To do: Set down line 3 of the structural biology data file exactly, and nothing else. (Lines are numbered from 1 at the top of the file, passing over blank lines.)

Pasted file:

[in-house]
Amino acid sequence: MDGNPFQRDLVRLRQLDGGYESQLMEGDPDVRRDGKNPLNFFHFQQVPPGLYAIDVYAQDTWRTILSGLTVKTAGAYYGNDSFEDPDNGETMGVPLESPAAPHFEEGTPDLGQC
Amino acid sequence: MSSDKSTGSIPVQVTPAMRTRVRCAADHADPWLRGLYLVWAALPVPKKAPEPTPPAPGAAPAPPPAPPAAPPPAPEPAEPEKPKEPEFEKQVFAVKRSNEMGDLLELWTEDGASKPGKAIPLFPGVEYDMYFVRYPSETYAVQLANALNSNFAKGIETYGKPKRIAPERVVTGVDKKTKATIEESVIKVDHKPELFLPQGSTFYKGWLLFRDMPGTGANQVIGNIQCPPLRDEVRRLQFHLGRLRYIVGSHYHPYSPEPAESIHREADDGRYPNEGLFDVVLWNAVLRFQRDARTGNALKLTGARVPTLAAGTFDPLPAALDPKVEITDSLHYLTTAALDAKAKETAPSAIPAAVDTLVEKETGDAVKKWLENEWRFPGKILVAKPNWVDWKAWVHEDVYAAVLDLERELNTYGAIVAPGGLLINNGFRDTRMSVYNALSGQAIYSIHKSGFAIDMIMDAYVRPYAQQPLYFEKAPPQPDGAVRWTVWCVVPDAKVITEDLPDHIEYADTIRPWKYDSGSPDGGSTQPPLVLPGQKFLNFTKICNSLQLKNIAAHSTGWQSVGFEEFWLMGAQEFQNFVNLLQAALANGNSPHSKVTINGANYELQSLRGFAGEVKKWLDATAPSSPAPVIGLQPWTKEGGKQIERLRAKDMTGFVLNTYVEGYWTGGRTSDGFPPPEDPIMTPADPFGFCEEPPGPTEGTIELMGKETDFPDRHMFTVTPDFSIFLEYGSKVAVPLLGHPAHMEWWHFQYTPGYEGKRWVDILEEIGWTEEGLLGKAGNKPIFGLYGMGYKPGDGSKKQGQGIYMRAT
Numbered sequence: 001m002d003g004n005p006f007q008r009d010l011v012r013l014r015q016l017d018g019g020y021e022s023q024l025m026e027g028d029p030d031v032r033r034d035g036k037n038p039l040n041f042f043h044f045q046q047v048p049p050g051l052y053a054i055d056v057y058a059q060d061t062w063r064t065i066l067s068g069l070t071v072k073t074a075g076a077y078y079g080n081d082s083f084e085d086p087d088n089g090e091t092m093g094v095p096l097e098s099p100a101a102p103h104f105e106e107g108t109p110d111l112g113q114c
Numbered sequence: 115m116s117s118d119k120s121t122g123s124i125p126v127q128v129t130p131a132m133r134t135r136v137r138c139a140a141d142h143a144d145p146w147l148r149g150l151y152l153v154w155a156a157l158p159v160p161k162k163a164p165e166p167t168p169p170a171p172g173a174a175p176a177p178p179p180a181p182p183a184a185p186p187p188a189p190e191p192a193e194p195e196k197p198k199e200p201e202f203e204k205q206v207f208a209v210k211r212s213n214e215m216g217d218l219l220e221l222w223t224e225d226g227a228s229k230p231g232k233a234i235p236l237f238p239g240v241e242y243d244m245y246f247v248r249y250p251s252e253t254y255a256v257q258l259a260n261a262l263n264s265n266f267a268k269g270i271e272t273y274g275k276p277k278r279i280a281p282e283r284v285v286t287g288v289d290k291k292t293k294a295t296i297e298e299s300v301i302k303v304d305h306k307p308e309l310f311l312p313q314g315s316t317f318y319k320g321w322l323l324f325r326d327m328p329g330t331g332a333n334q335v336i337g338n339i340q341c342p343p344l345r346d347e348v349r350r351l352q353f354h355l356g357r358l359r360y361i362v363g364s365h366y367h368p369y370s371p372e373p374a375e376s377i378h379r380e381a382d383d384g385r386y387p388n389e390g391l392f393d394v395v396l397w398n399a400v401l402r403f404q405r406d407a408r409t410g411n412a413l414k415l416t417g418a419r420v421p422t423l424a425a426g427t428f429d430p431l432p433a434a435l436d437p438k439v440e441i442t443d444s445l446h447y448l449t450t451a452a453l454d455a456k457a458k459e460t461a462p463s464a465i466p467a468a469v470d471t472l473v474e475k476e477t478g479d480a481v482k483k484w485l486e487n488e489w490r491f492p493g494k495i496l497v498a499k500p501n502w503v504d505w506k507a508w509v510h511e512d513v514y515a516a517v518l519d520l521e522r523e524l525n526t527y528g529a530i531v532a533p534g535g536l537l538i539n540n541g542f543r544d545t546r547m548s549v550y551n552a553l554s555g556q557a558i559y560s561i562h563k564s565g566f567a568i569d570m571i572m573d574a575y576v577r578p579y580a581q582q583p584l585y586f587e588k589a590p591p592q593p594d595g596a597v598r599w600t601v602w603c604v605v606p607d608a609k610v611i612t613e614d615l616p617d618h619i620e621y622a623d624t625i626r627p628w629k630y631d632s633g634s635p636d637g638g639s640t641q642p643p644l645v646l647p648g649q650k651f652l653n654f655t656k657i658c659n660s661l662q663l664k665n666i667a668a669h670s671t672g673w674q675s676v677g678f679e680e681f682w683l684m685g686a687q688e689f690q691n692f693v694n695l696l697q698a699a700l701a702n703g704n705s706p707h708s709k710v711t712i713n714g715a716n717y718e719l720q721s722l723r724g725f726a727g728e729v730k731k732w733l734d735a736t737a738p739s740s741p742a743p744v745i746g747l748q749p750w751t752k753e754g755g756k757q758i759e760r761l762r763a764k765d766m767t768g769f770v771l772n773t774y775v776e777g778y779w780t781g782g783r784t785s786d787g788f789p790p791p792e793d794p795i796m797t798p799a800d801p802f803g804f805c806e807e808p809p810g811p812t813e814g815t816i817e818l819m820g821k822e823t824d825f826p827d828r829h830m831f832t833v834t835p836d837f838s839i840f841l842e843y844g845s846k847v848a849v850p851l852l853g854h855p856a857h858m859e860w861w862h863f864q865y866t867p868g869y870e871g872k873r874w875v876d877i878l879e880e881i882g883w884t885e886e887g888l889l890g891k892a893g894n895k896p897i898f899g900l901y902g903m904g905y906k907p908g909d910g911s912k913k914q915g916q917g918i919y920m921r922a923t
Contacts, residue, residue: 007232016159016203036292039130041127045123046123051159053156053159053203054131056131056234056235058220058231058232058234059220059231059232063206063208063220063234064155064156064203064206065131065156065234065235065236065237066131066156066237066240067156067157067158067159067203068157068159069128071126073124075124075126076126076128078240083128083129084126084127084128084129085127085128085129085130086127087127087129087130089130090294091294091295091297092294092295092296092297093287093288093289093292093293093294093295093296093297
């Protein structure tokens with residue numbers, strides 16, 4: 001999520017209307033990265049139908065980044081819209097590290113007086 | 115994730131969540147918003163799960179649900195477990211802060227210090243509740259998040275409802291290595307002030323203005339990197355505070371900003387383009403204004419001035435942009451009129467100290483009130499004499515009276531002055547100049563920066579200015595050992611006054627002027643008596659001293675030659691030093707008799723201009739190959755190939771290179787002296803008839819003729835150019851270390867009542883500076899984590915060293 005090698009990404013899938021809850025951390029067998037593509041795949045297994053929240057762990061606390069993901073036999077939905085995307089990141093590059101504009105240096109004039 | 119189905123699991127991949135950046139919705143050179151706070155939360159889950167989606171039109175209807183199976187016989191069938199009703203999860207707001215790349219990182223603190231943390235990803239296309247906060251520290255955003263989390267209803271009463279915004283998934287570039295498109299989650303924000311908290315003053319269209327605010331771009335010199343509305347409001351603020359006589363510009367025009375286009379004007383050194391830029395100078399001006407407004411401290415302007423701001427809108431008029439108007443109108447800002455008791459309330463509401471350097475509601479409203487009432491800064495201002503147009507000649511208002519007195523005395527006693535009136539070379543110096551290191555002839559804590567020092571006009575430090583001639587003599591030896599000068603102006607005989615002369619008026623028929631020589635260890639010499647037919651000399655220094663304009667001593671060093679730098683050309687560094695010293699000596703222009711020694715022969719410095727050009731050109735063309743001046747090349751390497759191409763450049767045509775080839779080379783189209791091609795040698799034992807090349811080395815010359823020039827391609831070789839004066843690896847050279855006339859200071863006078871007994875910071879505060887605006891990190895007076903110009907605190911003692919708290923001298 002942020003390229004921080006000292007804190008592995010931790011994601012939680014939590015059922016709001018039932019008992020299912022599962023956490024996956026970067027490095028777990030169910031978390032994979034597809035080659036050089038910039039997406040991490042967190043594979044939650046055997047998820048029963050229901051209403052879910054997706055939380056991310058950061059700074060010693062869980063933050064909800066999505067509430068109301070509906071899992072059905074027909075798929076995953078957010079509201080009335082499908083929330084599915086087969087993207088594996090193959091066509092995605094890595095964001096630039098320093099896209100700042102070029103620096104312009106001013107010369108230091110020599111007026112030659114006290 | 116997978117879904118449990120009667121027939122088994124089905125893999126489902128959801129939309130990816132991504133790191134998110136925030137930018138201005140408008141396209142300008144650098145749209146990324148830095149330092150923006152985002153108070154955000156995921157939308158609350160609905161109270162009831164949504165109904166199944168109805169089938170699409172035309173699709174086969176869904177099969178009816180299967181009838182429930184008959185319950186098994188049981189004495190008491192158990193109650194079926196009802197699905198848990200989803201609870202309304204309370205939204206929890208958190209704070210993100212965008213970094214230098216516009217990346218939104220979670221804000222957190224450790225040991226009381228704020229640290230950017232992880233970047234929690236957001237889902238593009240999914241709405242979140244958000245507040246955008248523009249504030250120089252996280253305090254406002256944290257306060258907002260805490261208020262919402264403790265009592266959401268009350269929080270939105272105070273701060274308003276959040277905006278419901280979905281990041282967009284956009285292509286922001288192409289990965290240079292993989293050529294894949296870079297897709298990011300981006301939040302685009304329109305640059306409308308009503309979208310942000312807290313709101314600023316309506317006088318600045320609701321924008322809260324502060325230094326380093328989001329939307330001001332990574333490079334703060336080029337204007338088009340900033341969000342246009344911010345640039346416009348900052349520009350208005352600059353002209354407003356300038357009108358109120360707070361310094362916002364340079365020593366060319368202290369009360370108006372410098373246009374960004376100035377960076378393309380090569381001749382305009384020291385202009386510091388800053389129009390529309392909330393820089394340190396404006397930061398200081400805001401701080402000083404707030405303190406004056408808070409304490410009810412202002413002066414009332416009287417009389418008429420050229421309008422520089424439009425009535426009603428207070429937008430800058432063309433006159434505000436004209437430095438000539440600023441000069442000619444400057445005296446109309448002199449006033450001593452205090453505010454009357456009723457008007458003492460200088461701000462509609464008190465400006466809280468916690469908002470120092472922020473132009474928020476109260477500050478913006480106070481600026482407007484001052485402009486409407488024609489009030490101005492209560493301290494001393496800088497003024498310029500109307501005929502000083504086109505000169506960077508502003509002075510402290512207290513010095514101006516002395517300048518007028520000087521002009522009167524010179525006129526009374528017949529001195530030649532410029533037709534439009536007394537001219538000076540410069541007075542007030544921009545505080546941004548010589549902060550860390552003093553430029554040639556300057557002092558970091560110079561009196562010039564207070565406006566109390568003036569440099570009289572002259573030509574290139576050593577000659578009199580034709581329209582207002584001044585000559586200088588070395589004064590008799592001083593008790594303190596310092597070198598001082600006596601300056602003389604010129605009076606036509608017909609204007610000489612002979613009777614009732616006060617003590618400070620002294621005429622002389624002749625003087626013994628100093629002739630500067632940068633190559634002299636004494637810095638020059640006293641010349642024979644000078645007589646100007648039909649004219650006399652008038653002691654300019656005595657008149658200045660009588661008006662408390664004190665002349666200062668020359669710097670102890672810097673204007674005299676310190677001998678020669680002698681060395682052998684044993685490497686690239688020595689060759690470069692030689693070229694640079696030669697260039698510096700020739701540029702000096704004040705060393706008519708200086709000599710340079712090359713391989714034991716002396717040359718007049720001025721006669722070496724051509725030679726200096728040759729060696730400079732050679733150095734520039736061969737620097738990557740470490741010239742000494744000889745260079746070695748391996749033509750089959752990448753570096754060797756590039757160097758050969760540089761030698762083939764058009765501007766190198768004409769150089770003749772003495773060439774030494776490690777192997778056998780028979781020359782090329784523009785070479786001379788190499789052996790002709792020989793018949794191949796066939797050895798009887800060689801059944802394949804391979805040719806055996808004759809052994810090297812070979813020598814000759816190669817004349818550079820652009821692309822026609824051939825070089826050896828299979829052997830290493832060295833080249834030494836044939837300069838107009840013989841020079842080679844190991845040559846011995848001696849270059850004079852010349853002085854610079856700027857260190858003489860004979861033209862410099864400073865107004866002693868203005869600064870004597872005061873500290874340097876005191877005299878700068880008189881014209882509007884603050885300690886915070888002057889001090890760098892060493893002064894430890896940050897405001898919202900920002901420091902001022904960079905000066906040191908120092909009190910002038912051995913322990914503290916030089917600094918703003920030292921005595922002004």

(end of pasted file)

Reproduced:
Amino acid sequence: MSSDKSTGSIPVQVTPAMRTRVRCAADHADPWLRGLYLVWAALPVPKKAPEPTPPAPGAAPAPPPAPPAAPPPAPEPAEPEKPKEPEFEKQVFAVKRSNEMGDLLELWTEDGASKPGKAIPLFPGVEYDMYFVRYPSETYAVQLANALNSNFAKGIETYGKPKRIAPERVVTGVDKKTKATIEESVIKVDHKPELFLPQGSTFYKGWLLFRDMPGTGANQVIGNIQCPPLRDEVRRLQFHLGRLRYIVGSHYHPYSPEPAESIHREADDGRYPNEGLFDVVLWNAVLRFQRDARTGNALKLTGARVPTLAAGTFDPLPAALDPKVEITDSLHYLTTAALDAKAKETAPSAIPAAVDTLVEKETGDAVKKWLENEWRFPGKILVAKPNWVDWKAWVHEDVYAAVLDLERELNTYGAIVAPGGLLINNGFRDTRMSVYNALSGQAIYSIHKSGFAIDMIMDAYVRPYAQQPLYFEKAPPQPDGAVRWTVWCVVPDAKVITEDLPDHIEYADTIRPWKYDSGSPDGGSTQPPLVLPGQKFLNFTKICNSLQLKNIAAHSTGWQSVGFEEFWLMGAQEFQNFVNLLQAALANGNSPHSKVTINGANYELQSLRGFAGEVKKWLDATAPSSPAPVIGLQPWTKEGGKQIERLRAKDMTGFVLNTYVEGYWTGGRTSDGFPPPEDPIMTPADPFGFCEEPPGPTEGTIELMGKETDFPDRHMFTVTPDFSIFLEYGSKVAVPLLGHPAHMEWWHFQYTPGYEGKRWVDILEEIGWTEEGLLGKAGNKPIFGLYGMGYKPGDGSKKQGQGIYMRAT